A 1944 431 Squadron Distinguished Flying Cross for JU-88 Kill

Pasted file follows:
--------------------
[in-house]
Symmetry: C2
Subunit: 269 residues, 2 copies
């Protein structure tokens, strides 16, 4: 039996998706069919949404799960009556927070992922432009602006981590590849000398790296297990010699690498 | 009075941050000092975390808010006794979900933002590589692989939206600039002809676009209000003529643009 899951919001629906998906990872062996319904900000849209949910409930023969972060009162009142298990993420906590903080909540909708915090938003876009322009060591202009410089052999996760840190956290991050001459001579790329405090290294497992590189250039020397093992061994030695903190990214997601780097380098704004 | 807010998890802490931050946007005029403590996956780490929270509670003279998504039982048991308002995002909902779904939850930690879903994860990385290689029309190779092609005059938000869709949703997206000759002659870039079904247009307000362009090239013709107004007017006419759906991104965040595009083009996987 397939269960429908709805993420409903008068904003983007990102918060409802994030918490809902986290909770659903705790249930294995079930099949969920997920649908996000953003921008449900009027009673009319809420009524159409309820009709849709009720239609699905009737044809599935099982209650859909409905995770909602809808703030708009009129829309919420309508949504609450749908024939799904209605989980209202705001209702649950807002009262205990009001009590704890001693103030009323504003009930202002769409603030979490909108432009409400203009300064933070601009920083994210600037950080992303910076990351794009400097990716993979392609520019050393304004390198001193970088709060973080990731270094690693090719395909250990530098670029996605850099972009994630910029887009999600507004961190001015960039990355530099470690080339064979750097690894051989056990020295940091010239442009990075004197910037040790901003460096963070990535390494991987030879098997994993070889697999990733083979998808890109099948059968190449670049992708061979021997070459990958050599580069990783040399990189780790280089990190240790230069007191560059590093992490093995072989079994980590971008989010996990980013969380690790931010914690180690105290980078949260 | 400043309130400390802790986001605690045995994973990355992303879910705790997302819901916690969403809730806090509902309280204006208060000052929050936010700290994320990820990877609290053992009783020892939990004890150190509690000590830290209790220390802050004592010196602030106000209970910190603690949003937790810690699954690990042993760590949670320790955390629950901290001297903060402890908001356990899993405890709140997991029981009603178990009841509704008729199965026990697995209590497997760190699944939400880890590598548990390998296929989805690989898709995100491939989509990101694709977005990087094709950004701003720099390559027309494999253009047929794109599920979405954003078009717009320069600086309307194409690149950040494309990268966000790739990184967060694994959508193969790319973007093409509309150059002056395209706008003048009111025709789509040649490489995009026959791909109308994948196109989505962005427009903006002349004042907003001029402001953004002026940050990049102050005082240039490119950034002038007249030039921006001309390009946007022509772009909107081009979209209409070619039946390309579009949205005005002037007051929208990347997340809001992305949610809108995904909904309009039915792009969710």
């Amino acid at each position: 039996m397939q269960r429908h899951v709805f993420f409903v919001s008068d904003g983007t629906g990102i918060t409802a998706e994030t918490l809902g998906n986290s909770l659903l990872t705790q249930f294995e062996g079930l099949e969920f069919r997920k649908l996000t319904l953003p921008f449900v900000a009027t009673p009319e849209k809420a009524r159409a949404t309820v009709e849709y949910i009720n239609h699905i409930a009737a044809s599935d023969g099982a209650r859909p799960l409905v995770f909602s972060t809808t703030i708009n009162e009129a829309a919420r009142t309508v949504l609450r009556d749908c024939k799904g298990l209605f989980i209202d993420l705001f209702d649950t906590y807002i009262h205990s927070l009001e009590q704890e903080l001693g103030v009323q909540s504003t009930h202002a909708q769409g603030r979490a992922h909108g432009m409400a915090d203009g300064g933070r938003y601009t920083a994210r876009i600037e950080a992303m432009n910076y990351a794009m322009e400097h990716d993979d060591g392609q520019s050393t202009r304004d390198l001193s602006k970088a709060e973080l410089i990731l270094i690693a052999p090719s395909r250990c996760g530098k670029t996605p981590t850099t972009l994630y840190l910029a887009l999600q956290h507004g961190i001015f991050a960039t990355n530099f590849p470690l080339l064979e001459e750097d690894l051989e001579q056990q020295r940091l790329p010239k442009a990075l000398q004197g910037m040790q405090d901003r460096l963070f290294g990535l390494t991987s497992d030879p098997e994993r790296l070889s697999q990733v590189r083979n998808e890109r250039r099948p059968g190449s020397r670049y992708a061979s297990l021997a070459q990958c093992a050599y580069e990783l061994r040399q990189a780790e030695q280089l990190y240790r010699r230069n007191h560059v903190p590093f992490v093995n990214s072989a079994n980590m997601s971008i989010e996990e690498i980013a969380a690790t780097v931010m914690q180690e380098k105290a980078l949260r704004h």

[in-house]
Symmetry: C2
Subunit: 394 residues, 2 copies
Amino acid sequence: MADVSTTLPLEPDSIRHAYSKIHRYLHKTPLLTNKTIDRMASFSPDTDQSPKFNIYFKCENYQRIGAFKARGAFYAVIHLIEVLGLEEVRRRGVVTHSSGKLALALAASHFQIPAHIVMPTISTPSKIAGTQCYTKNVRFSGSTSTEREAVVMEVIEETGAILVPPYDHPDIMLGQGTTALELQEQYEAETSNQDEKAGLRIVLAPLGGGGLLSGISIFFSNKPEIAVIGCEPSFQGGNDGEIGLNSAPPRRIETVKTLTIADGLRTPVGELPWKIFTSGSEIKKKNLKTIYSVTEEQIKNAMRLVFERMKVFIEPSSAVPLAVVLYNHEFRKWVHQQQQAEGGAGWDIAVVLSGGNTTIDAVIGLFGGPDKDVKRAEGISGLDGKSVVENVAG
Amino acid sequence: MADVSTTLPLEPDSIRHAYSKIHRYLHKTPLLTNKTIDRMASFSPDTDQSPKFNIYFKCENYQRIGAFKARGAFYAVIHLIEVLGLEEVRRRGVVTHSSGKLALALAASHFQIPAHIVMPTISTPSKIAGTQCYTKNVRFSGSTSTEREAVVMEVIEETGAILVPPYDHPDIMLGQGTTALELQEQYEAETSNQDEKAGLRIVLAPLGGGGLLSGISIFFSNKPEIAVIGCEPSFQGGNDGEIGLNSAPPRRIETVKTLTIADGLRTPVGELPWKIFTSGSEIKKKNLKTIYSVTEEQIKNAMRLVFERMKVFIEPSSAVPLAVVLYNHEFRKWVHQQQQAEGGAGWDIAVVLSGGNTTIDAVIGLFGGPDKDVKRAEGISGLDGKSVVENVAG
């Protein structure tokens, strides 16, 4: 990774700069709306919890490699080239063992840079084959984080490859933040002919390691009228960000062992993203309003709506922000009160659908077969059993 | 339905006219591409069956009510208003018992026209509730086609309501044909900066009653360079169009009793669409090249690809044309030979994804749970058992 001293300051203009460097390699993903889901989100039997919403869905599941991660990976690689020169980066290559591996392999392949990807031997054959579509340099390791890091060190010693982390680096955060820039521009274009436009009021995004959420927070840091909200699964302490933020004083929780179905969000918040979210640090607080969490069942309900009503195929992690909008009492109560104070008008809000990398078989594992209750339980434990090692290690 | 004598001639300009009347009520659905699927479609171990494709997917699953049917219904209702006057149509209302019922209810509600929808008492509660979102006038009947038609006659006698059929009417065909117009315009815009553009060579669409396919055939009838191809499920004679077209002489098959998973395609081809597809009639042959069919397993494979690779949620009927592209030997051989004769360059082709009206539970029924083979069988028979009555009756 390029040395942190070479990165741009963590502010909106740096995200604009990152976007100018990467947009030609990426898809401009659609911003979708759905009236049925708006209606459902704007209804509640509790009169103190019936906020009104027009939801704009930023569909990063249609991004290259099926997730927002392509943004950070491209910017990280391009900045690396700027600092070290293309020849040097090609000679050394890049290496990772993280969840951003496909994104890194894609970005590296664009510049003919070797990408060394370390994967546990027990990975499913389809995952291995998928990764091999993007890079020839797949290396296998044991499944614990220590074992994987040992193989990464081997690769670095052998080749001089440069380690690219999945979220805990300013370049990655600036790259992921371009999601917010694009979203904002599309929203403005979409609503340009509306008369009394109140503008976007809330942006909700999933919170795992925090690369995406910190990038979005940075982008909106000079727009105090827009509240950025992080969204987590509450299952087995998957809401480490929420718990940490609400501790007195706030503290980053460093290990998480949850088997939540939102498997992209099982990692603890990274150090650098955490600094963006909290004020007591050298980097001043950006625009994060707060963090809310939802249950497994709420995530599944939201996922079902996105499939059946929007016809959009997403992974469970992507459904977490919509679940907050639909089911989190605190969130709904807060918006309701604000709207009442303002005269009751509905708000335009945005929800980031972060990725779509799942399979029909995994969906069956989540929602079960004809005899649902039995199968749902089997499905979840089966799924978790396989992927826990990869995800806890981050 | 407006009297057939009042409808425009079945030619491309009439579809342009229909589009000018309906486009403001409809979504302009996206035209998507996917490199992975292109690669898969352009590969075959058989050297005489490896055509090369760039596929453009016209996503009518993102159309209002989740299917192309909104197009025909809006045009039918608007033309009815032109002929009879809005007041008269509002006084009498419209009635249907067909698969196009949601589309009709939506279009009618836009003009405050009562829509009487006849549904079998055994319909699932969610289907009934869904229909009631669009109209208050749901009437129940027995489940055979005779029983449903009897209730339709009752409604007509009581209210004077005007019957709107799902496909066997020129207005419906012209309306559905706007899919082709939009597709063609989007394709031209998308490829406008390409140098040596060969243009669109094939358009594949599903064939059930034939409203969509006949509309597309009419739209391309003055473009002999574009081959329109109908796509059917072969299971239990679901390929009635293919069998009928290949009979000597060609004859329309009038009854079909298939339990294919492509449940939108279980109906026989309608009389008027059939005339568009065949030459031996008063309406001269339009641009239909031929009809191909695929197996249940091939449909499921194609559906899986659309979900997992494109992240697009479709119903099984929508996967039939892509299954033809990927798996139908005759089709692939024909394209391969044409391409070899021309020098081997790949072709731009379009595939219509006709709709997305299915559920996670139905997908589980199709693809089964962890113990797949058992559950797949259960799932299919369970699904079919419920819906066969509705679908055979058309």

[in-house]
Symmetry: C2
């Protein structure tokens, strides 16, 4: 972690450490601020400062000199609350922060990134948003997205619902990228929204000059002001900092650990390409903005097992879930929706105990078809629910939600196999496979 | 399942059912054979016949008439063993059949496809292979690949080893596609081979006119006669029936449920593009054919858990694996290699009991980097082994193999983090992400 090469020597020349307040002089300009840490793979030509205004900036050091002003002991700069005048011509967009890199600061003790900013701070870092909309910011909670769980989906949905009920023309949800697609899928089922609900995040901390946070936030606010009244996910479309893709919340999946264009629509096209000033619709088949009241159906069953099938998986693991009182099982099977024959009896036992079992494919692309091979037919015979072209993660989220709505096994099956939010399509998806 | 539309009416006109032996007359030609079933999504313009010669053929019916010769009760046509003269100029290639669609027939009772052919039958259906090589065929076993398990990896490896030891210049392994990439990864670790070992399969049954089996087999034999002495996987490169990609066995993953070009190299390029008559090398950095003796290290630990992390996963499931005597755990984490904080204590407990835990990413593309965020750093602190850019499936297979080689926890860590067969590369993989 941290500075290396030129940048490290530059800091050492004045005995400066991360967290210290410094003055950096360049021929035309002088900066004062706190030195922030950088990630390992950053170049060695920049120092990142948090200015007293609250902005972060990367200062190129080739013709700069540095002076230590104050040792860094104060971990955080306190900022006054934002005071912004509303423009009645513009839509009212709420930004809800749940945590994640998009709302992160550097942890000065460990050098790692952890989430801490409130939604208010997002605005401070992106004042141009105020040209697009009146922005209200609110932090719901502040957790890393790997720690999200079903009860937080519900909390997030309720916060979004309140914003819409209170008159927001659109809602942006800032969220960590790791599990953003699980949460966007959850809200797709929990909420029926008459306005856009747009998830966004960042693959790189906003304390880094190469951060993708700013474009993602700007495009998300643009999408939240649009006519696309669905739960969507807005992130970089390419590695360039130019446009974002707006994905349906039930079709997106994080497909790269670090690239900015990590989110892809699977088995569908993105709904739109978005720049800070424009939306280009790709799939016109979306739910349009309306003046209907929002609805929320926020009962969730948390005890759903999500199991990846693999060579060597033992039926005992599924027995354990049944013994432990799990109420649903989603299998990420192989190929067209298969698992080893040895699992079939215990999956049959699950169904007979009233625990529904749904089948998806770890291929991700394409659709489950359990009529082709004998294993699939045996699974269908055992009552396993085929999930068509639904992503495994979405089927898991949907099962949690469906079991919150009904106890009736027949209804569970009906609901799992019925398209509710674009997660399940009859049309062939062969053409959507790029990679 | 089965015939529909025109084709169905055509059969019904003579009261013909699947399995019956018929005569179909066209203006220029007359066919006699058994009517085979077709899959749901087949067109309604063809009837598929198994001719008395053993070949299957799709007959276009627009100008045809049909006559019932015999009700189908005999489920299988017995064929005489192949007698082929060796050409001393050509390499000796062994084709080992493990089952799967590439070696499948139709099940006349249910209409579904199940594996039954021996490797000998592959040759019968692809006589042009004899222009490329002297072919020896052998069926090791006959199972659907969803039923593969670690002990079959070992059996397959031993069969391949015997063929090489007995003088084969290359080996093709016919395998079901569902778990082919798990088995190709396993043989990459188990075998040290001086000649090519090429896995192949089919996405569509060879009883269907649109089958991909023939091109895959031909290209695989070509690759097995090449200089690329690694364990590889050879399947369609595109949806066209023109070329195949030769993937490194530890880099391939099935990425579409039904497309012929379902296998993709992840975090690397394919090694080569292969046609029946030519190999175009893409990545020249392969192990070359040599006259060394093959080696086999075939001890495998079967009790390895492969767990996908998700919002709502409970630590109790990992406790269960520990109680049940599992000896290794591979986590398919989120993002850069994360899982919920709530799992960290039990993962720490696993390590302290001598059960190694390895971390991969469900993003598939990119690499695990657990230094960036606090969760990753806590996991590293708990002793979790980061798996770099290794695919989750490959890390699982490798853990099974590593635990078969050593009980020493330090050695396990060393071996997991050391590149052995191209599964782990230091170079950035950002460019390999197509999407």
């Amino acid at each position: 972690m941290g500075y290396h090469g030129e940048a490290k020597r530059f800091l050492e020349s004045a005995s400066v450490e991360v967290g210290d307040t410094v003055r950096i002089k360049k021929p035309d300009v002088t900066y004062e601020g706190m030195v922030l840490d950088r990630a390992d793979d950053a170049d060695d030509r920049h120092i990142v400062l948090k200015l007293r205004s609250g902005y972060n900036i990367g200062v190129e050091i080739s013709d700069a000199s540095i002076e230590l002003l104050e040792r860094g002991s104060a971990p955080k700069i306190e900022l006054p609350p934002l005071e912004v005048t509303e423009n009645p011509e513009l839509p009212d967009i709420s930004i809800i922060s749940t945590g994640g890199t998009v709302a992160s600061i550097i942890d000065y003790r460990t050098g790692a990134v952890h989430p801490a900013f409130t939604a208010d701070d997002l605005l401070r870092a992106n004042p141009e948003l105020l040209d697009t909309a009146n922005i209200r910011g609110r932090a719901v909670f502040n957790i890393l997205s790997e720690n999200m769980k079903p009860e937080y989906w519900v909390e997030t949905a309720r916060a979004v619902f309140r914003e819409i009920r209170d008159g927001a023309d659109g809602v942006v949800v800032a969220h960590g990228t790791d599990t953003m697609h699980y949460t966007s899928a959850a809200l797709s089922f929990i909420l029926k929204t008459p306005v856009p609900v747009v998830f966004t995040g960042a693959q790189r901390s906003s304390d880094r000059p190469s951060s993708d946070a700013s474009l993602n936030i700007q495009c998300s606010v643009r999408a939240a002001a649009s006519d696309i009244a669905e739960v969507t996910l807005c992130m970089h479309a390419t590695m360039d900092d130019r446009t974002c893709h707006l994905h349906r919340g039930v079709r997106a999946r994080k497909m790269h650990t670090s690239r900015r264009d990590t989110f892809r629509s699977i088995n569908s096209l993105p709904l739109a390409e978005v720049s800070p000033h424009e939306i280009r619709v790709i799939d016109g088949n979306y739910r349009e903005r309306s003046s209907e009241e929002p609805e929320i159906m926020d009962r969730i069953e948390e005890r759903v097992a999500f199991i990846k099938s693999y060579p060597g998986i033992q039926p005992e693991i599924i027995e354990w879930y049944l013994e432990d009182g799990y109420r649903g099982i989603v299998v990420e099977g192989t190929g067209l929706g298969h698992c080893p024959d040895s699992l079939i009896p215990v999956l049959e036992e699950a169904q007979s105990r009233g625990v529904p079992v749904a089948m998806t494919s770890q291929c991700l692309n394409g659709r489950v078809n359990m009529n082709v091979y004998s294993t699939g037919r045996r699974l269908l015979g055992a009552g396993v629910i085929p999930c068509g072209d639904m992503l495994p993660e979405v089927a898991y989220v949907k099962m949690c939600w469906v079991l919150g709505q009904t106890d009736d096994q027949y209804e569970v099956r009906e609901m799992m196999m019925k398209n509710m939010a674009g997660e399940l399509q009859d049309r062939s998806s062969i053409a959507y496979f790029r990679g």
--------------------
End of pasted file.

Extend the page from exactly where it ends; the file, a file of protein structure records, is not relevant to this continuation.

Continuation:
An 1944 RCAF DFC Group for JU-88 Kill - Distinguished Flying Cross, GRVI (engraved "1944" on the reverse); 1939-1945 Star; France and Germany Star; Defence Medal; War Medal 1939-1945; and Canadian Volunteer Service Medal with Overseas Clasp. Un-mounted, residue on the reverse of the original ribbons from previous board mounting, spots on the obverse of the WM, light contact, near extremely fine. Accompanied by his Flying Log Book (with entries dated from October 9, 1943 to September 3, 1945), RCAF Officer's Cap Badge (silver and gold-coloured bullion with red and green embroidery maroon felt in the crown, gilt metal eagle between the crown and wreath, on black wool, padded, 67 mm x 72 mm), RCAF Cap Badge (bronze, 39 mm x 44 mm), two Air Gunner Wings (one RCAF, three-colour embroidery on black wool, 49 mm x 101.5 mm; one RAF, two-colour embroidery on black wool, 37.5 mm x 97 mm), two CANADA Shoulder Flashes (light blue embroidery on bluish-gray wool, 20 mm x 78 mm each), one Pair of Flight Lieutenant Slip-On Shoulder Rank Insignia (light blue and black embroidered stripes on bluish-gray wool, 64 mm x 136 mm each), General Service Badge (sterling silver, marked "STERLING", maker marked BMCo" and numbered "437412" on the reverse, 15.3 mm x 22.5 mm, screwback), RCAF Reserve Badge (silvered bronze, maker marked "BIRKS" on the reverse, 23.5 mm x 23.5 mm, screwback) and twelve RCAF Buttons (brass, eight Large: maker marked "J R GAUNT MONTREAL", 22.8 mm each; two Medium: maker marked "FIRMIN LONDON", 17.5 mm each; two Small: maker marked "UNITED-CARR CANADA", 16.3 mm each), in addition to assorted research papers.Footnote: William Robert Cornell was a resident of Kitchener, Ontario when he enlisted with the Royal Canadian Air Force in London, Ontario on October 30, 1942. He was trained at No. 4 Initial Training School in Edmonton, Alberta, graduating on April 7, 1943. He followed that up with a posting to No. 3 Bombing and Gunnery School in Portage-La-Prairie, Manitoba, accruing a total flight time of 23:55, graduating on November 26, 1943 and qualifying as an Air Gunner. Once in the United Kingdom, J90498 Air Gunner William R. Cornell was posted to No. 431 Squadron. The squadron was formed on November 11, 1942 with Vickers Wellington Mk Xs at Burn as part of No. 4 Group, Bomber Command, and commenced night raids with a "Gardening" mission on May 2, 1943. In July, the squadron moved to Tholthorpe, joining No. 6 (RCAF) Bomber Group and re-equipping with Handley Page Halifax Mk Vs. It was soon operational with this type again in the night offensive against Germany, flying farther a field as the longer winter nights permitted. At the end of 1943, the squadron moved again, to Croft in County Durham, where it began to re-equip with Halifax Mk IIIs in March 1944, maintaining the operational offensive all the while. These were used for seven months until the production of Canadian-built Avro Lancaster Mk Xs was sufficient to enable the squadron to re-equip with this type. Lancasters were used for the remainder of the Second World War in Europe, the last of the squadron's 3,000 or more sorties being flown with them on April 25, 1945 in a daylight raid on Wangerooge. Between March 5, 1944 and May 2, 1945, Cornell flew numerous training missions, along with thirty-six operational missions with No. 431 Squadron aboard Wellington III, Wellington X, Halifax III, Halifax V and Lancaster X aircraft. This included targets throughout France, including Houlgate, Paris, Le Mans, St. Pol, Bamieres, Foret D'Eawt, Vileneuve St. George, Siracourt, Caen, L'Hey, Bois de Cassan, St. Leu d'Esserent, South Caen, Foret de Chantilly, Acquet, Falaise and Calais, in addition to a 5:25 return flight to Coutances, on D-Day, June 6, 1944. He also flew missions to Bergen (Norway) and Stuttgart (twice), Hamburg, Bremen, Brest, Julich, Duisberg, Osnabruck, Dusseldorf, Hanover, Goch, Chemnitz, Cologne and Dortmund (Germany). Cornell was awarded his Distinguished Flying Cross, effective May 10, 1945, as per the Supplement to the London Gazette, page 2670, dated May 25, 1945 and AFRO 1291/45, dated August 10, 1945: "Throughout many operational sorties, this officer has displayed a fine fighting spirit and outstanding enthusiasm to engage the enemy wherever possible. His cool, determined manner has done much to inspire the confidence in his crew. On December 6th 1944, when returning from an attack against Osnabruck, his aircraft was engaged by a JU88 (Junkers 88). Pilot Officer Cornell opened fire on the attacker and by the fine handling of his guns, drove it off after inflicting considerable damage (probably destroyed). His work has at all times set a sterling example to the rest of the squadron." In the book, "A Yorkshire Squadron - HIstory of 431 RCAF Squadron, 1942-45", it describes the full exploits on what happened to the Squadron the night Cornell won his DFC: "Thirteen Lancasters were readied and crews were briefed for an operation to Osnabruck on December 6th. S/L Kay went on this trip as second Dickie in SE-Q KB808 with S/L at the helm. The Squadron mascot "Minnie Simcoe" flew her 10th sortie, this time in SE-O captained by F/L Adilman. Only 12 of the thirteen aircraft detailed managed to get away as F/L Tonnellier and crew in SE-A KB 773 were scrubbed because they couldn't get the aircraft bombed up in time. After flying for an average of 3 to 3 1/2 hours 431 Squadron aircraft were over the target finding it covered by 10/10ths cloud. All crews made their bomb run either on Gee or by D.R. run or pinpointed the target by means of the glow from the attack on the clouds or a combination thereof. Although many fires and explosions were observed, no actual detail was visible to assess, the attack was considered scattered. F/L Adilman in SE-Q abandoned the asssignment at 54.00N - 01.25e, 16.57 hours and was back on the ground at Croft only having been airborne for approximately 1 hour 45 minutes. It was discovered that the oxygen equipment in the rear turret was unserviceable and after checking the oxygen line without solving the problem the Skipper decided to return to base. Their full bomb load of 20 x 500lb bombs was jettisoned safe at 54.32N - 01.09E 17.25 hours. S/L Smith had a problem with bombs hanging up and had to jettison 3 x 500lb bombs at various points on the homeward track all finding their way into the North Sea, the last one finding its grave just 1 hour before touching down at Croft. In addition to his bomb hang up problems S/L Smith's aircraft was attacked by a JU88 at 22.00 hours again on the homeward leg. The enemy aircraft came in from the port quarter while the Lancaster was in level flight at 16,000 feet, the Mid Upper Air Gunner, P/O R. Cornell gave two short bursts and the Rear Gunner, P/O G. Supergia got off five long bursts with a starboard corkscrew was called for and executed. Hits were seen on the port engine of the JU88 with considerable fire coming from it. The fighter disappeared below the clouds and was not seen again, a claim of probably destroyed made. From this operation, four aircraft belonging to 6 Group are missing, all aircraft on charge to 431 Squadron returned to base." In June 1945, the squadron crossed the Atlantic and settled in Dartmouth, Nova Scotia, disbanding on September 5, 1945. Cornell was presented his award on July 27, 1949 in Hamilton, Ontario.